Advent is a time of waiting. It is a time to prepare for the coming of Christ. But waiting doesn’t have to be boring, and preparation doesn’t have to be a chore.
Both can be filled with joy. And so we wait, with the joy of looking back and remembering God’s good works in the world and in our lives. And we prepare, bubbling with the delight-filled anticipation of setting up the party for an honored guest.
In hope, in trust, in thanksgiving, in joy let us lay our hearts before God.next >
I will greatly rejoice in the Lord, my whole being shall exult in my God; for he has clothed me with the garments of salvation, he has covered me with the robe of righteousness, as a bridegroom decks himself with a garland, and as a bride adorns herself with her jewels. For as the earth brings forth its shoots, and as a garden causes what is sown in it to spring up, so the Lord God will cause righteousness and praise to spring up before all the nations.
Isaiah 61:10-11next >
I call my nephew “Smiles for Miles.” He’s six months old, with the perfect pudgy belly and a face that beams contentment for 97% of his waking moments. Every night, fresh from his bath and smelling like baby shampoo, he’ll lie on his changing table in nothing but a diaper and his killer grin, and my sister will tickle his tummy and under his arms. And for minutes on end, Miles will laugh – lip-quivering, whole-body-vibrating laughter, a laugh you could bottle and sell as a sunshine substitute on your darkest day.
This, to me, is what “rejoicing in your whole being” looks like – like not knowing anything more than the safety and bliss of that moment and being taken over by it, from your grin (toothy or toothless) to your wiggly-toes. When is the last time you allowed yourself to be claimed by joy? When is the last time that you remembered the great gifts of God – rich like regal robes and rejuvenating as springtime – and said “thank you” with your whole jubilant being?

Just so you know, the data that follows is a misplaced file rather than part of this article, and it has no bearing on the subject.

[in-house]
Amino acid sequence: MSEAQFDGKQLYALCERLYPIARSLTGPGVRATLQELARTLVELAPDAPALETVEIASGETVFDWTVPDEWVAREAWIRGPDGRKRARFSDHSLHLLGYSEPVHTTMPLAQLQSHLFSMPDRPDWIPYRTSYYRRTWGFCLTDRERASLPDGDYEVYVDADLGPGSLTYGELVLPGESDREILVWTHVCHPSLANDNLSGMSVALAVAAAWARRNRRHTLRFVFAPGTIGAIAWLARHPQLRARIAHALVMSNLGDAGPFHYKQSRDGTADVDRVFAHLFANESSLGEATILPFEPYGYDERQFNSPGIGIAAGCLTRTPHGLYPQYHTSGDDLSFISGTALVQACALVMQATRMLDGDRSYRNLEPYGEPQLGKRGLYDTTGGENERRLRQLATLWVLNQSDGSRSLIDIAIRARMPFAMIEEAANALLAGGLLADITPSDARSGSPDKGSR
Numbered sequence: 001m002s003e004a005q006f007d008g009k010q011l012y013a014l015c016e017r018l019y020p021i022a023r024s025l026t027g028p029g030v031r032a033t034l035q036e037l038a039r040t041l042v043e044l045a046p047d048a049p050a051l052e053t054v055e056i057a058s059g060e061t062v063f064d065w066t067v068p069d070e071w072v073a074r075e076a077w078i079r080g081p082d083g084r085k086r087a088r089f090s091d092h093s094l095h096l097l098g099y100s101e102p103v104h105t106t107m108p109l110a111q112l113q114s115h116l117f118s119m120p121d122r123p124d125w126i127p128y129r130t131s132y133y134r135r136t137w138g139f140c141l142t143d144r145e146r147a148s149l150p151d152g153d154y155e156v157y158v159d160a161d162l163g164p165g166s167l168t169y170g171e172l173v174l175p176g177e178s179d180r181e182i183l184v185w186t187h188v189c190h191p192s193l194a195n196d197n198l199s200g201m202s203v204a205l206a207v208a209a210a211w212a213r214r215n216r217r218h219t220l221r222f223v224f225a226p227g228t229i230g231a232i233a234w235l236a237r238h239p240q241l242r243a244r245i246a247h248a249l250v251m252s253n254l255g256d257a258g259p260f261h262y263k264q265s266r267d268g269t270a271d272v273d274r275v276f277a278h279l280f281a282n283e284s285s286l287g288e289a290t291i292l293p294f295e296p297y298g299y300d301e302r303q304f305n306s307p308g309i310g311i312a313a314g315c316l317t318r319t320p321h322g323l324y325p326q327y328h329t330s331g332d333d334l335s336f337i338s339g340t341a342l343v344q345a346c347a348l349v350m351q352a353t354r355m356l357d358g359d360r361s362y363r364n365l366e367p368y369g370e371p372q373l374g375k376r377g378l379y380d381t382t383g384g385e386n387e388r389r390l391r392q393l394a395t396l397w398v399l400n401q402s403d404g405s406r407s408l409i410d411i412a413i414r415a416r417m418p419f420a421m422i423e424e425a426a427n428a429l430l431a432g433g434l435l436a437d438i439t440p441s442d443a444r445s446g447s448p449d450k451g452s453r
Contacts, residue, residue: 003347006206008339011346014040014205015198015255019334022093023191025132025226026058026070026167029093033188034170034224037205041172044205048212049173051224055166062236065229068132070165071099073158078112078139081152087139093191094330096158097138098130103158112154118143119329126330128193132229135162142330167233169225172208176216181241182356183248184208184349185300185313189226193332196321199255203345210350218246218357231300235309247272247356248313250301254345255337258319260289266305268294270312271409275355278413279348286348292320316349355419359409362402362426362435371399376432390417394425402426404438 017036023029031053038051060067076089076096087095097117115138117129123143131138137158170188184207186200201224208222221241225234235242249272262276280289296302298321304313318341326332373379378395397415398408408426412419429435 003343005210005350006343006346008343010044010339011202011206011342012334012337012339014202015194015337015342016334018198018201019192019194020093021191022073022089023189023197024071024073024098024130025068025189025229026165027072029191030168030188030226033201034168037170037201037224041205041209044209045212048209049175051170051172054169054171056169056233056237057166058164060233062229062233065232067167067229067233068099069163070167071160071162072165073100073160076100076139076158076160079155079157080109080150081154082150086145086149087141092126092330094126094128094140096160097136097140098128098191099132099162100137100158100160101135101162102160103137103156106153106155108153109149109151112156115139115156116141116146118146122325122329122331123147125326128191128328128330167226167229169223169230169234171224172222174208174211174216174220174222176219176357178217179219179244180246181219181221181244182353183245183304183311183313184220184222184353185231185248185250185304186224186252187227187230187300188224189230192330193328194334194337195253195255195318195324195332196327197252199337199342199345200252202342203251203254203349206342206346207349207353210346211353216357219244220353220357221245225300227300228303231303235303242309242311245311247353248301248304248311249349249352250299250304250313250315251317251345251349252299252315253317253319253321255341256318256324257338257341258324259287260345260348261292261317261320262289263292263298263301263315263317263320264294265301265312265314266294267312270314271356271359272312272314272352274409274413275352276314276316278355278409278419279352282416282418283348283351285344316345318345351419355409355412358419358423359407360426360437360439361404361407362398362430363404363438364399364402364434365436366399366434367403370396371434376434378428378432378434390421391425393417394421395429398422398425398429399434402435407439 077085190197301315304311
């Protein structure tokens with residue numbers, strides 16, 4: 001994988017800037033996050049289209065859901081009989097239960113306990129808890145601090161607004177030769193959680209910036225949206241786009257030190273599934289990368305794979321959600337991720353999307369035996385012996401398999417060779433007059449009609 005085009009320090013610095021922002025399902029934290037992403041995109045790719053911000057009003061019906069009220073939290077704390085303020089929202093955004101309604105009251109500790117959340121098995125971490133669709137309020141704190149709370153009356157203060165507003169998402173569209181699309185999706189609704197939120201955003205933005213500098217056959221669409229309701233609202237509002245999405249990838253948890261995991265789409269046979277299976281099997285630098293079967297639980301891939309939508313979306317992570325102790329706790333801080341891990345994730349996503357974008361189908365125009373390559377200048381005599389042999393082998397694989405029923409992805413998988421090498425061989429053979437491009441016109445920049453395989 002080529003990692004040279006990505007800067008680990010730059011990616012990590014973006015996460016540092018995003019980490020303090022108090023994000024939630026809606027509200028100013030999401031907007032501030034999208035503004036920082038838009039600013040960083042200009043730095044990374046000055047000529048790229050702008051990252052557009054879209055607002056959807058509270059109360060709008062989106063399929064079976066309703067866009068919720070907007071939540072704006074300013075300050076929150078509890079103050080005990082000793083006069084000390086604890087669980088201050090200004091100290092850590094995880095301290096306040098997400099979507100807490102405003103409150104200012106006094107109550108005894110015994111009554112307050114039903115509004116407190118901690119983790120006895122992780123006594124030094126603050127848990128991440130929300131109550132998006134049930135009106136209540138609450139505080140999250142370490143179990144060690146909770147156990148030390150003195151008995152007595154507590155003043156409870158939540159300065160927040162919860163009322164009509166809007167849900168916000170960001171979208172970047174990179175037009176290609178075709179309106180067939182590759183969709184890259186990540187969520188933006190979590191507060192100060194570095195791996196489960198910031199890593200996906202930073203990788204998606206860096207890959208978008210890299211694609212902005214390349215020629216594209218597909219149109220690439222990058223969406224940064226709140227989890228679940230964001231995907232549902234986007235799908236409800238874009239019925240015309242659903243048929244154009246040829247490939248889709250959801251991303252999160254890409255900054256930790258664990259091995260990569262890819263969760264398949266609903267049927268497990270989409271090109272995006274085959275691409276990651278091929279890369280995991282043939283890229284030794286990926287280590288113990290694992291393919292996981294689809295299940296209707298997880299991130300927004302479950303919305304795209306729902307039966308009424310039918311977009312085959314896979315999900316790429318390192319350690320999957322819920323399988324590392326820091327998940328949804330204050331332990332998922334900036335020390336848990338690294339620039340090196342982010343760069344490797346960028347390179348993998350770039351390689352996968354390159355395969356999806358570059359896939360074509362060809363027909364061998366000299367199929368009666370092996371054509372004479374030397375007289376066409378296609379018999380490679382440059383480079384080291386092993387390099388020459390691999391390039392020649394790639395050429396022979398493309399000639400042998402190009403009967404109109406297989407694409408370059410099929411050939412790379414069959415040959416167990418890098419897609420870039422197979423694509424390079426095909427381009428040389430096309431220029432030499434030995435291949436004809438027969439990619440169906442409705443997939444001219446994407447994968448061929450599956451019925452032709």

Shelli Lathamnext >
Dear God, give me the courage to turn all of myself over in gratitude to you. Set aside my self-consciousness, that every bit of me might rejoice in your wonders and miracles, in all the ways you provide for me, in all the ways you keep your promises. From the tips of my toes to the top of my head, for this one moment, may I be completely and utterly yours, saying, “Thank you.” Amen.next >
“Turn around and believe that the good news that we are loved is better than we ever dared hope, and that to believe in that good news, to live out of it and toward it, to be in love with that good news, is of all glad things in this world the gladdest thing of all. Amen, and come Lord Jesus.”
Shelli Latham is the pastor at Druid Hills Presbyterian Church, in Atlanta, Georgia. She believes the church is a place youth should be seen AND heard, loves Bible stories about feisty women doing gutsy things, celebrates any excuse to fly a kite in worship, and prefers her yellow cupcakes without icing.
Advent Reflections: Let All Mortal Flesh Keep Silence